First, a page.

Use this URL to cite or link to this record in EThOS: http://ethos.bl.uk/OrderDetails.do?uin=uk.bl.ethos.658563
Title: 'Our Clifton Zoo': a social history of Bristol Zoo gardens since 1835
Author: Maddeaux , Sarah Joy
ISNI:       0000 0004 5354 6672
Awarding Body: University of Bristol
Current Institution: University of Bristol
Date of Award: 2014
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Abstract:
Bristol Zoo Gardens (opened in 1836) are a world in themselves: a fully enclosed site within an affluent neighbourhood, within a multifarious city, serving a large tourist hinterland, they offer a taste of the exotic, the domestic, the wild, and the civilised, all gathered together into one potentially conflictual environment. Since zoos as a leisure space have largely been neglected, this thesis provides a significant case study contributing to a number of overlapping fields: the socio-cultural histories of leisure and of the dissemination of science, local history, and the histories of childhood and gender. It investigates how people claimed ownership over and occupied the site, and how the site was depicted as a 'respectable' place. It assesses the differing experiences of this semi-public space by the working and middle classes, by women and men, and by children and adults, measured against the intentions of the founding shareholders, as implemented by the staff. The organisation's claim to provide rational recreation to locals and tourists was challenged by the financial imperative of covering costs, balancing education and entertainment, refined and popular culture to attract paying visitors. The surrounding neighbourhood has contributed to the Zoo's distinctively local character but has also been a source of tension regarding the character of the entertainment provided within the Gardens and the visitors attracted to them. All these stakeholders have divergent interests and different relationships to the organisation, but all have exhibited, to a greater or lesser degree, a sense of ownership over what was frequently referred to as 'our Clifton Zoo'. This thesis examines how the site's reputation for respectability was enhanced or challenged by these different actors, thereby assisting or threatening the survival of this provincial zoo.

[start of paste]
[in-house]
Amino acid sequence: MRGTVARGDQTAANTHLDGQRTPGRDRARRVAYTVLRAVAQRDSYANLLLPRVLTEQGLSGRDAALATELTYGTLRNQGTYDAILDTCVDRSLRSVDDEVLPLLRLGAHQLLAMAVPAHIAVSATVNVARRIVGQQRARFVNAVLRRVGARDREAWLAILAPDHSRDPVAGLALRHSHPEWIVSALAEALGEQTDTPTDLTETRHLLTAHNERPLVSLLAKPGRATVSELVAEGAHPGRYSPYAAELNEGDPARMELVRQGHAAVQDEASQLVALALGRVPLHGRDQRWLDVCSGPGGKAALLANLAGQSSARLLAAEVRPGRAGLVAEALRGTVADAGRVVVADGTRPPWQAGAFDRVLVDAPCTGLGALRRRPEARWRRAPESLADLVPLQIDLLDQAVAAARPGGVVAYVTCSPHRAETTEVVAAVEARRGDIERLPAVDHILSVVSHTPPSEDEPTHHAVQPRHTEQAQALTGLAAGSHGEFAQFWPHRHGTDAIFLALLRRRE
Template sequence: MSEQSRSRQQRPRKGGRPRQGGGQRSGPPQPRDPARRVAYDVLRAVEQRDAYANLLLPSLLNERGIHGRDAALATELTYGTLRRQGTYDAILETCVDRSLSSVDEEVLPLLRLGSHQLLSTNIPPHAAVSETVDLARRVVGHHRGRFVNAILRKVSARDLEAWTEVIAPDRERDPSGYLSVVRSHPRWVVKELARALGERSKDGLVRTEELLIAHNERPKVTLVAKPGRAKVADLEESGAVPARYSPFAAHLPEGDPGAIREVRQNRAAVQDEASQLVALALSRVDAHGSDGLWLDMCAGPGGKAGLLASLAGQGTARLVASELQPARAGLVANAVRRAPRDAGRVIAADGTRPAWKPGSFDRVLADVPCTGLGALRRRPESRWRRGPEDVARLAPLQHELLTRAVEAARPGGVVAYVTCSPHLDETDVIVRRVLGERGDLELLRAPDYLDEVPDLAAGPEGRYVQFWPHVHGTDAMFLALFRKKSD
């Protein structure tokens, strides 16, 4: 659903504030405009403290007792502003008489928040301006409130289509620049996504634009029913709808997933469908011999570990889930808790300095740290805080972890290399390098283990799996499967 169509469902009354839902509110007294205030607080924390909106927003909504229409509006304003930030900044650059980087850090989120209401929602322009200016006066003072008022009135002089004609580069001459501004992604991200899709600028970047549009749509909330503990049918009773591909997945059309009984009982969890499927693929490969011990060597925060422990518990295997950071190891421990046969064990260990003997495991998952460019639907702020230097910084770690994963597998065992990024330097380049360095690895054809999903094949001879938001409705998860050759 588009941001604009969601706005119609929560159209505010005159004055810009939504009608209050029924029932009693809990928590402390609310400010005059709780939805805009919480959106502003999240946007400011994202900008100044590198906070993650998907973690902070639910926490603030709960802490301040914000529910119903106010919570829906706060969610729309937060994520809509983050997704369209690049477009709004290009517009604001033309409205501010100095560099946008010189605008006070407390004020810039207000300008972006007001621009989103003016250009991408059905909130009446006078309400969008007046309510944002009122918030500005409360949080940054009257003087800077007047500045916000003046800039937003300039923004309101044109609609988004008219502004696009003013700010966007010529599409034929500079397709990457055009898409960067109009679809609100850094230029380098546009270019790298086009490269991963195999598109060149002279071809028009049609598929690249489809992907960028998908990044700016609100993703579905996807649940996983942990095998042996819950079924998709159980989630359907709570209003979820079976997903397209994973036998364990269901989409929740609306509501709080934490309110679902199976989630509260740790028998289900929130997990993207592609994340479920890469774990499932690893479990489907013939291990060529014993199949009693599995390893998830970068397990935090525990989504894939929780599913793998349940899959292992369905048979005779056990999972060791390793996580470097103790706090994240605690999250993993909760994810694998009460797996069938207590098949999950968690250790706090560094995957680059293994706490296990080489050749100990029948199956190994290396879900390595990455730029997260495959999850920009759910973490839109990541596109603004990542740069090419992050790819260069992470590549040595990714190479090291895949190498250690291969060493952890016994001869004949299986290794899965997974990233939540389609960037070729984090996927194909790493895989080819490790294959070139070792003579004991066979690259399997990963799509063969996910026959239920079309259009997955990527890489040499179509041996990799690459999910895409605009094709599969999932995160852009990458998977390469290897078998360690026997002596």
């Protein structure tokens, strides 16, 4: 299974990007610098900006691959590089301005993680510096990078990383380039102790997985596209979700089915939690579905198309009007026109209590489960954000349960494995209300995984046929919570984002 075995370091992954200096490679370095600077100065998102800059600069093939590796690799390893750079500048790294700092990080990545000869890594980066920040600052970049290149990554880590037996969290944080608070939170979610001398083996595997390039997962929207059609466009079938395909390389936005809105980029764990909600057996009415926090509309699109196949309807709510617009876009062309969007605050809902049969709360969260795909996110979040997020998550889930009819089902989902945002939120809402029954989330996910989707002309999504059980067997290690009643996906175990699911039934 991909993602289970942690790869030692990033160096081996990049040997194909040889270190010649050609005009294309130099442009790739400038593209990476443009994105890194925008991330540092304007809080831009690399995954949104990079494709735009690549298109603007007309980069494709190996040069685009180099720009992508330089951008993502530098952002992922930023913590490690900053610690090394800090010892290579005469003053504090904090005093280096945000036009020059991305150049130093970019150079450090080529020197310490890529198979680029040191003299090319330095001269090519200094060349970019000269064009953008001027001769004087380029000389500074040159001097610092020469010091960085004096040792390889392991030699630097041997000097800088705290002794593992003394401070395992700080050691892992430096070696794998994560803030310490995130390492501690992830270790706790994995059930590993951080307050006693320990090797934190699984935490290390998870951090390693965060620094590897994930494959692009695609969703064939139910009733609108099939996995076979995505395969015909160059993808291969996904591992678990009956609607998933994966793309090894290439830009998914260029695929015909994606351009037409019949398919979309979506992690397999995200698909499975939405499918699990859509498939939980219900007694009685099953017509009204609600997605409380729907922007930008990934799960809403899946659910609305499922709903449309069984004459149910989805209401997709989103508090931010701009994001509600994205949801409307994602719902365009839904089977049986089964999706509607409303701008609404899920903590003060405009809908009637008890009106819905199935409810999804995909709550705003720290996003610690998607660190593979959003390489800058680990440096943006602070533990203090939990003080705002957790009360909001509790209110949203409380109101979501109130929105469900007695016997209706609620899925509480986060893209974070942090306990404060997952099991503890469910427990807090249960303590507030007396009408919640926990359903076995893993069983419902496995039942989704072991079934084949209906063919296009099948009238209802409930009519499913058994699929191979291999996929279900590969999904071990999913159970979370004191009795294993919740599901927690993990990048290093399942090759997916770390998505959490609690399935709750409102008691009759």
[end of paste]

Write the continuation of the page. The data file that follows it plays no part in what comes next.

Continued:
Supervisor: Not available Sponsor: Not available
Qualification Name: Thesis (Ph.D.) Qualification Level: Doctoral
EThOS ID: uk.bl.ethos.658563  DOI: Not available
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